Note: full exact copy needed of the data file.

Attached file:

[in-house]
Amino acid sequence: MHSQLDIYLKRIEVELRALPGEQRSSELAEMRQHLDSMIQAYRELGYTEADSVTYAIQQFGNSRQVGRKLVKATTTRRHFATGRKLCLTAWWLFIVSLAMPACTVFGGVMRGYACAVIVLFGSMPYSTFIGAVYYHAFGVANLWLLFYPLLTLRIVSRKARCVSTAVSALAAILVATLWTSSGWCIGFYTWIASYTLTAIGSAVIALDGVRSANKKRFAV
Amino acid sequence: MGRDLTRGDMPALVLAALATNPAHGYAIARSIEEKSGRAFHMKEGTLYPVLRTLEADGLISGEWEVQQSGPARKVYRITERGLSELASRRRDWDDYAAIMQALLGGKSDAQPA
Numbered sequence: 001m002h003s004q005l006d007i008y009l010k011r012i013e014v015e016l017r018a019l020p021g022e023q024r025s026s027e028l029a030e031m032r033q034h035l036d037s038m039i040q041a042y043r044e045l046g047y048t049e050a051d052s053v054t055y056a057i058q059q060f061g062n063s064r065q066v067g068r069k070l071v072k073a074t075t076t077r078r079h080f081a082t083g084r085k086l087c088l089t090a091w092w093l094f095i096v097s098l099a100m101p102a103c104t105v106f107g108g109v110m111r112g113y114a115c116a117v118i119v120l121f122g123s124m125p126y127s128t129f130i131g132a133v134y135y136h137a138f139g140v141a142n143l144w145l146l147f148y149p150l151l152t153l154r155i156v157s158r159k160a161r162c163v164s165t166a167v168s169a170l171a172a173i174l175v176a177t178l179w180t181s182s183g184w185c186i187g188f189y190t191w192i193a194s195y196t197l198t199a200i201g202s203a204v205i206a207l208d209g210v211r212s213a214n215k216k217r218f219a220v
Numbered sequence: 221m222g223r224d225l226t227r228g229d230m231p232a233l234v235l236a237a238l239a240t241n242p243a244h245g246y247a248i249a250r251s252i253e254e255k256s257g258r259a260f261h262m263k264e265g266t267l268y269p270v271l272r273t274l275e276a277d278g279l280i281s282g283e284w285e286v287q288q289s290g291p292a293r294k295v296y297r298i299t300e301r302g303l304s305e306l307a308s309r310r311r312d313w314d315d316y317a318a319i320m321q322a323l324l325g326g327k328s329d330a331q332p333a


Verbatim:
[in-house]
Amino acid sequence: MHSQLDIYLKRIEVELRALPGEQRSSELAEMRQHLDSMIQAYRELGYTEADSVTYAIQQFGNSRQVGRKLVKATTTRRHFATGRKLCLTAWWLFIVSLAMPACTVFGGVMRGYACAVIVLFGSMPYSTFIGAVYYHAFGVANLWLLFYPLLTLRIVSRKARCVSTAVSALAAILVATLWTSSGWCIGFYTWIASYTLTAIGSAVIALDGVRSANKKRFAV
Amino acid sequence: MGRDLTRGDMPALVLAALATNPAHGYAIARSIEEKSGRAFHMKEGTLYPVLRTLEADGLISGEWEVQQSGPARKVYRITERGLSELASRRRDWDDYAAIMQALLGGKSDAQPA
Numbered sequence: 001m002h003s004q005l006d007i008y009l010k011r012i013e014v015e016l017r018a019l020p021g022e023q024r025s026s027e028l029a030e031m032r033q034h035l036d037s038m039i040q041a042y043r044e045l046g047y048t049e050a051d052s053v054t055y056a057i058q059q060f061g062n063s064r065q066v067g068r069k070l071v072k073a074t075t076t077r078r079h080f081a082t083g084r085k086l087c088l089t090a091w092w093l094f095i096v097s098l099a100m101p102a103c104t105v106f107g108g109v110m111r112g113y114a115c116a117v118i119v120l121f122g123s124m125p126y127s128t129f130i131g132a133v134y135y136h137a138f139g140v141a142n143l144w145l146l147f148y149p150l151l152t153l154r155i156v157s158r159k160a161r162c163v164s165t166a167v168s169a170l171a172a173i174l175v176a177t178l179w180t181s182s183g184w185c186i187g188f189y190t191w192i193a194s195y196t197l198t199a200i201g202s203a204v205i206a207l208d209g210v211r212s213a214n215k216k217r218f219a220v
Numbered sequence: 221m222g223r224d225l226t227r228g229d230m231p232a233l234v235l236a237a238l239a240t241n242p243a244h245g246y247a248i249a250r251s252i253e254e255k256s257g258r259a260f261h262m263k264e265g266t267l268y269p270v271l272r273t274l275e276a277d278g279l280i281s282g283e284w285e286v287q288q289s290g291p292a293r294k295v296y297r298i299t300e301r302g303l304s305e306l307a308s309r310r311r312d313w314d315d316y317a318a319i320m321q322a323l324l325g326g327k328s329d330a331q332p333a